This is where our work becomes relevant since the map data from OSM needs to be complete and accurate for a navigation app for the city to be reliable. We developed an approach available to assist the OSM community to verify that map data is of good quality. Even though mappers usually carry out their work based on personal knowledge, OSM contributors often rely on official reference maps on a particular theme to guide their work. When there are issues then they can edit the map to correct it. Our solution, therefore, ensures the map comparison and correction process, known as conflation, is a lot more efficient.

Using Brussels’ map data as a reference for OSM

The regional cycling infrastructure is represented by open and online map data. Individual routes have information about their corresponding route colour and name. This is a useful reference, however, if the OSM community wanted to compare the completeness and correctness of OSM, a manual comparison will be too tedious for a mapping community working mostly in their free time. We solved this problem by providing a platform, to the OSM community, that automatically identifies potential issues on OSM, in relation to the cycling route map data from the Brussels government.

A webtool for Brussels OSM bike route data validation

The result of our work is a web tool that supports the Belgian OSM community by assisting them to identify missing map data on the regional cycling network of Brussels.

The webtool continuously refreshes itself and automatically identifies potential issues on OSM. Map editors can then use the website to guide their editing. The technical underpinning of the verification allows two main approaches to analysis of data per individual route by identifying:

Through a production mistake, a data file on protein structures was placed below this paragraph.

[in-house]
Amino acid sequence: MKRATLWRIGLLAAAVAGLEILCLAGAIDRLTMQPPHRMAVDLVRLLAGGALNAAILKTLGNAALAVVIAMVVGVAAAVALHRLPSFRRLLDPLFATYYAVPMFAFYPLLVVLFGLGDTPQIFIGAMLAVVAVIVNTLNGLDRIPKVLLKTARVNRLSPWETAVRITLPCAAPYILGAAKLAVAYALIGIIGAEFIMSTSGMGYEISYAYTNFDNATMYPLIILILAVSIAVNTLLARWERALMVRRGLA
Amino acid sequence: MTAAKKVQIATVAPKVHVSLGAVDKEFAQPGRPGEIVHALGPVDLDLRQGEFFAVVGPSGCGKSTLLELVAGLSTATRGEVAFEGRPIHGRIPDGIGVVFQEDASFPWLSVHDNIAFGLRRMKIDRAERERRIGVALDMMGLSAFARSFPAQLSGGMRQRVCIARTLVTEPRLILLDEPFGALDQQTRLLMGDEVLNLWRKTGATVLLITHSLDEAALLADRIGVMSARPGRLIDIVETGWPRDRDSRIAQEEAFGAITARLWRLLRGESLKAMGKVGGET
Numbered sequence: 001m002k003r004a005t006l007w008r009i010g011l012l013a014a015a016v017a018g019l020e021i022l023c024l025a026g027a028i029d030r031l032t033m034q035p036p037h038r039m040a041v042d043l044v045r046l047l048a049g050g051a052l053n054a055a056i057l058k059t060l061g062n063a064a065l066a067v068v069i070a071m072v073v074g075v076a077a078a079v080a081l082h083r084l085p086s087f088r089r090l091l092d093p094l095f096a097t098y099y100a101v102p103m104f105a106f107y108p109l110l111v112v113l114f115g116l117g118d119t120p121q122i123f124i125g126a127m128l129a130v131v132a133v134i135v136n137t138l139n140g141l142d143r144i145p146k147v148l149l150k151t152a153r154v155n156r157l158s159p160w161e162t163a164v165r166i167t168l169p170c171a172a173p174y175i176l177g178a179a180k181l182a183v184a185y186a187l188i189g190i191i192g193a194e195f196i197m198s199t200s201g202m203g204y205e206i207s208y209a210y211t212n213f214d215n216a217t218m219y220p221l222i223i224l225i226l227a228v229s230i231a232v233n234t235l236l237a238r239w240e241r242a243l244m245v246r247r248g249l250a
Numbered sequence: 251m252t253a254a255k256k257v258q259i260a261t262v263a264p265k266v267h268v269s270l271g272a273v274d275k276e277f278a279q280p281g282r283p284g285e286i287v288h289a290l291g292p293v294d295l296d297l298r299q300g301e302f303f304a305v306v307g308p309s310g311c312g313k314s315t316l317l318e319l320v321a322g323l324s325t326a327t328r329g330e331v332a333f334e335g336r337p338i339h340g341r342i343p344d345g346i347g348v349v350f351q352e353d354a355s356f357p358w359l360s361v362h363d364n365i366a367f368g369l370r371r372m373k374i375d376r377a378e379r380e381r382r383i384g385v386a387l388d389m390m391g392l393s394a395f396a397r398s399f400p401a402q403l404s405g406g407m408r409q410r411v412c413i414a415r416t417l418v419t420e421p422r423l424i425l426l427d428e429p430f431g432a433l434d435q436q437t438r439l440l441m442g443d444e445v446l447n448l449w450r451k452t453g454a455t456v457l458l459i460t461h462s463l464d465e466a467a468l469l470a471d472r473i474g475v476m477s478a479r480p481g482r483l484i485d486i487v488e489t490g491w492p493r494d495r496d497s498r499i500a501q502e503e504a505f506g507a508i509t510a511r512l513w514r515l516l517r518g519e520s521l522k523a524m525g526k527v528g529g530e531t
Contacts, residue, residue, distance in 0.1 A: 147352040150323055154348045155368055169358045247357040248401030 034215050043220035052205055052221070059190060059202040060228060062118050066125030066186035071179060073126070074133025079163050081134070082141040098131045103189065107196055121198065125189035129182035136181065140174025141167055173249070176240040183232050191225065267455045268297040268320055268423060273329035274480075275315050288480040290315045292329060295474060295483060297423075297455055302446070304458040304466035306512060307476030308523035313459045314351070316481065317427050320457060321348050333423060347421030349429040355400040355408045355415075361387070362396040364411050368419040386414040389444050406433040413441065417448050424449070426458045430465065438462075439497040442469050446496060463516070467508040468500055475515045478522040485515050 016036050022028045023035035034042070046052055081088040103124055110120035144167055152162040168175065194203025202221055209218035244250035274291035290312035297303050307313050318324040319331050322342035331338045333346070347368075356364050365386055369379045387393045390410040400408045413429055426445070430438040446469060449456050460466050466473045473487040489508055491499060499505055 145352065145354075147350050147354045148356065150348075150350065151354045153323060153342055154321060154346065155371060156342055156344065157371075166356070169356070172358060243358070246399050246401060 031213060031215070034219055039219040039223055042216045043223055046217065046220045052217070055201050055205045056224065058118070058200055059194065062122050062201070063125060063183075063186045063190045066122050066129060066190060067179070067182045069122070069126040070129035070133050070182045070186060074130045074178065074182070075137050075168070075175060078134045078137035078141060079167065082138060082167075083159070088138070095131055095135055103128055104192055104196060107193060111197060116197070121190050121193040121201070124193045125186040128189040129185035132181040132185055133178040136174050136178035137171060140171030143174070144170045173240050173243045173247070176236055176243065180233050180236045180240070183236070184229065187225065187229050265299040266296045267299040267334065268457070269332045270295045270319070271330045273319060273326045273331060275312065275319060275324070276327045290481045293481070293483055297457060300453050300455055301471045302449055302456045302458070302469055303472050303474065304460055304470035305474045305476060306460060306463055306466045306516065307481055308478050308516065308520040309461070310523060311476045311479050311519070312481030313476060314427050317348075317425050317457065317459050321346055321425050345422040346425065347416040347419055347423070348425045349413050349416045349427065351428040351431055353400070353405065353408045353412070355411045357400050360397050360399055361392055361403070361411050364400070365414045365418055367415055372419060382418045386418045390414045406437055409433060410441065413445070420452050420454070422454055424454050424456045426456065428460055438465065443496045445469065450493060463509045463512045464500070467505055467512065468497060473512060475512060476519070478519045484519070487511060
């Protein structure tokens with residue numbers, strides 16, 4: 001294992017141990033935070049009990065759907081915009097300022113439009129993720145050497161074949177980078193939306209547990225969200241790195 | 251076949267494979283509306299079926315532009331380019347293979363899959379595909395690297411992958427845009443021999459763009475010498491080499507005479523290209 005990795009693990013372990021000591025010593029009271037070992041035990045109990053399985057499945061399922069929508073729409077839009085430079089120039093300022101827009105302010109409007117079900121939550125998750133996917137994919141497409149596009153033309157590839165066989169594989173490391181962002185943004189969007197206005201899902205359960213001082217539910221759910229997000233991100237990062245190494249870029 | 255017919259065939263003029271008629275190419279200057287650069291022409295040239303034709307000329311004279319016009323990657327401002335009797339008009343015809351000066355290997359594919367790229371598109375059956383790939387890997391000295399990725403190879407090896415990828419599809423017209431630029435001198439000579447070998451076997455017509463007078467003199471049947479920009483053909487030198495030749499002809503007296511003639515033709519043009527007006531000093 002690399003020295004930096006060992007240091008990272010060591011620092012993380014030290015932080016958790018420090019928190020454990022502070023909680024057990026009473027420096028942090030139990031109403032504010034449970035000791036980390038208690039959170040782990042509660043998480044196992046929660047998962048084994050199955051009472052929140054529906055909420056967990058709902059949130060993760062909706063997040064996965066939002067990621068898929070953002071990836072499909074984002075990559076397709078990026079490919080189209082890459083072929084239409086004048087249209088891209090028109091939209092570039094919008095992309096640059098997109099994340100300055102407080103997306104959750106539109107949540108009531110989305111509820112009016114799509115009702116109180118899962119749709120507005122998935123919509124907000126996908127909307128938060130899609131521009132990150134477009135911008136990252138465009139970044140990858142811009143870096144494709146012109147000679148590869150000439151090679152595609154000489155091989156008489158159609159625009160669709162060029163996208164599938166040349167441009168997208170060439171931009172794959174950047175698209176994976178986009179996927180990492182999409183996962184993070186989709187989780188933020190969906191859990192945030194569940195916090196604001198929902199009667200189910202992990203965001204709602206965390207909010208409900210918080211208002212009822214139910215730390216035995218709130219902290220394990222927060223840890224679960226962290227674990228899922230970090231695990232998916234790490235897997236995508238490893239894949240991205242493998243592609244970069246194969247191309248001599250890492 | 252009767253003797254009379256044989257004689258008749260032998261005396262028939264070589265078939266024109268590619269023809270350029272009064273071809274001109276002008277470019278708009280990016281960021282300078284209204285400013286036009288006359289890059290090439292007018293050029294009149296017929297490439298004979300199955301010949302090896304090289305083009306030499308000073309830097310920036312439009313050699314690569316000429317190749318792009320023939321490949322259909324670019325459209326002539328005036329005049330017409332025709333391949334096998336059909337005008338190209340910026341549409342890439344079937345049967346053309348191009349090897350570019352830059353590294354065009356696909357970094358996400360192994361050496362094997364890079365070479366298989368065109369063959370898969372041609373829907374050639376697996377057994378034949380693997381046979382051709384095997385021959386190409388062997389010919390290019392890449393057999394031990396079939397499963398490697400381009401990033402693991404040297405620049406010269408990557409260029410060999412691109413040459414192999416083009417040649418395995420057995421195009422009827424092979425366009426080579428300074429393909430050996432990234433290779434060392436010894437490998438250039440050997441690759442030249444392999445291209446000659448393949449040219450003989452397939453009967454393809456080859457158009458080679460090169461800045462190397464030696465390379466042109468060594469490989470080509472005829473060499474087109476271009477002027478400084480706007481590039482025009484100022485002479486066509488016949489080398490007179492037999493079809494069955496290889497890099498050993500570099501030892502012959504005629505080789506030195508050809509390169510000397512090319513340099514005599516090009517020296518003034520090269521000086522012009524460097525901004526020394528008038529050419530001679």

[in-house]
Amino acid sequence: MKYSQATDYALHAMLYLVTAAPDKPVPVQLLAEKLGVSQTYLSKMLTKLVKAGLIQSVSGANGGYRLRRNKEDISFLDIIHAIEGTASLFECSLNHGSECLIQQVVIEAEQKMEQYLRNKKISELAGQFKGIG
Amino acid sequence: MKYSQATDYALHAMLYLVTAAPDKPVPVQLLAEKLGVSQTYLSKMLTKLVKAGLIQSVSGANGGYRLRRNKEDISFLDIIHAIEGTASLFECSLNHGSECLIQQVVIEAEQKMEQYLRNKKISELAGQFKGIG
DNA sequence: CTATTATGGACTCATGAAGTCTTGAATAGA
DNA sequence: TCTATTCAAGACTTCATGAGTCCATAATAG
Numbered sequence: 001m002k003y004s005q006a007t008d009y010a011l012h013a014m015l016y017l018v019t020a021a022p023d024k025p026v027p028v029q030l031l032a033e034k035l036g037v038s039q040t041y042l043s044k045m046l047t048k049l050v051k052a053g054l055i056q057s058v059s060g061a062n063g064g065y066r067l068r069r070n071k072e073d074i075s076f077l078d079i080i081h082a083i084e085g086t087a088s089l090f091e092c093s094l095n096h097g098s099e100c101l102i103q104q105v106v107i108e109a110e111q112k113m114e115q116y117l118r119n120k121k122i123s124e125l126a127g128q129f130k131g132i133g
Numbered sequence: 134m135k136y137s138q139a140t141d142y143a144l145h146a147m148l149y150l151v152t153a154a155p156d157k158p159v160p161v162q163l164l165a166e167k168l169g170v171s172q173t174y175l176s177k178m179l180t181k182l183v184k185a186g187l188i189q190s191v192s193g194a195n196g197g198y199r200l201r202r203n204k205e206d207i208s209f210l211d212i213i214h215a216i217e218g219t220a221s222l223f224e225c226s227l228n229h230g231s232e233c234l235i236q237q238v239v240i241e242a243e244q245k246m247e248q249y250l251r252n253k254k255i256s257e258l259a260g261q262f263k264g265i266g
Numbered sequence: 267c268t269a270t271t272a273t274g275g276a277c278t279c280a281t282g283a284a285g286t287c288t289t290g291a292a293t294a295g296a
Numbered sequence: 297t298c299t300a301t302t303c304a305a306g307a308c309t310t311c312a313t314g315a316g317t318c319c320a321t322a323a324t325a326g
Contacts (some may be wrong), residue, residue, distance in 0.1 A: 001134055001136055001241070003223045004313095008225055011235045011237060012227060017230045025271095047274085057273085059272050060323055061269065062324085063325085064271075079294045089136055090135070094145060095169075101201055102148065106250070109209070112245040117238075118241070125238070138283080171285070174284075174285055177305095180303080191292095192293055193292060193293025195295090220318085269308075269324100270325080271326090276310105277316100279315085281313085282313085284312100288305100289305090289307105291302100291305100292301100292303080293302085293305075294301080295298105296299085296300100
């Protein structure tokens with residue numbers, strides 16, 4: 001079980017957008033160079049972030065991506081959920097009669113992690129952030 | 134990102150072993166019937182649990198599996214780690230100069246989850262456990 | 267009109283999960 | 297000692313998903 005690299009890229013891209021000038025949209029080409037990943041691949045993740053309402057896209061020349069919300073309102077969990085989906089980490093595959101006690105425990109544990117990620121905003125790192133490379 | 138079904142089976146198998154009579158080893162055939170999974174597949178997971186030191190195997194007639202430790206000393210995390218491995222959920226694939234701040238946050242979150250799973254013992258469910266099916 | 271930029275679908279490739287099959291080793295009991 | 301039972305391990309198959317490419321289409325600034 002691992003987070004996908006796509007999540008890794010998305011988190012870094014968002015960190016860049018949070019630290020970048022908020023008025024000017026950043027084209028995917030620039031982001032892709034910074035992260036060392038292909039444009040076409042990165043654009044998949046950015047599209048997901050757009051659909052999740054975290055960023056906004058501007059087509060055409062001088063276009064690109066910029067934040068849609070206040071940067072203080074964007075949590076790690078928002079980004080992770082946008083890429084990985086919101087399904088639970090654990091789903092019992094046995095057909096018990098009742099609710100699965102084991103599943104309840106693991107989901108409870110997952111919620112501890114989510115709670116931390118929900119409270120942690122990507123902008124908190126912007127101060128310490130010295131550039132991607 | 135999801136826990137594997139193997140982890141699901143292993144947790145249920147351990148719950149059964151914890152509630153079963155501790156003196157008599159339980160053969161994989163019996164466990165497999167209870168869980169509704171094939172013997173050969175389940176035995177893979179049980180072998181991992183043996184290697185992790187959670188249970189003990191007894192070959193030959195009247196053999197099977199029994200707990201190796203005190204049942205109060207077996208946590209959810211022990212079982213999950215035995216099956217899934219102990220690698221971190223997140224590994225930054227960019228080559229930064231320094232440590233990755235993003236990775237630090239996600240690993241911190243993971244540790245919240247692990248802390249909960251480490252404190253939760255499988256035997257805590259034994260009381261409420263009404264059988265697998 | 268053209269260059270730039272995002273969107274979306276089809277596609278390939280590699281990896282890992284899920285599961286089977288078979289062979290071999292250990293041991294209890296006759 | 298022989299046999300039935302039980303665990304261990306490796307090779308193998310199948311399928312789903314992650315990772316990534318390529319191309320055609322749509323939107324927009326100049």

The image below provides an example of all the cycling routes and routes that are apparently missing in OSM. Apart from this visual aid, the website provides more technical information, such as tagging issues, and also an option to download geojsons of routes.

An example of potential gaps in OSM compared to Brussels’ data

Using the OSM Brussels data validation tool

Our web tool is intended for advanced OSM editors who are highly versed with editing route relations with JOSM. An introduction tutorial for the tool the can be viewed from this link. However, it is highly recommended that mapping work on the Brussels regional network should be done in collaboration with the OSM Belgium community by making contact with them via

The progress so far and the future of the tool

Tremendous progress has already been achieved by a few members of the Belgian community who tested our tool. It is obvious from the time-lapse image below that most issues have already been resolved. This tool can be used by the community to monitor any changes. Also, since this is an open source project, our code can easily be repurposed for use in other places.

In conclusion

The tool that we developed aims to assist and encourage the verification of the OSM cycling routes in Brussels. Because we are an open source project, the code can be reused for other situations all over the world when one geo-dataset needs to be used as a reference, to compare OSM geo-data for completeness and correctness. The open source approach also extends to our collaborating team mates who are working on a mobile web app that uses the route coding and colouring scheme in their routeing interface.

Project team members and contact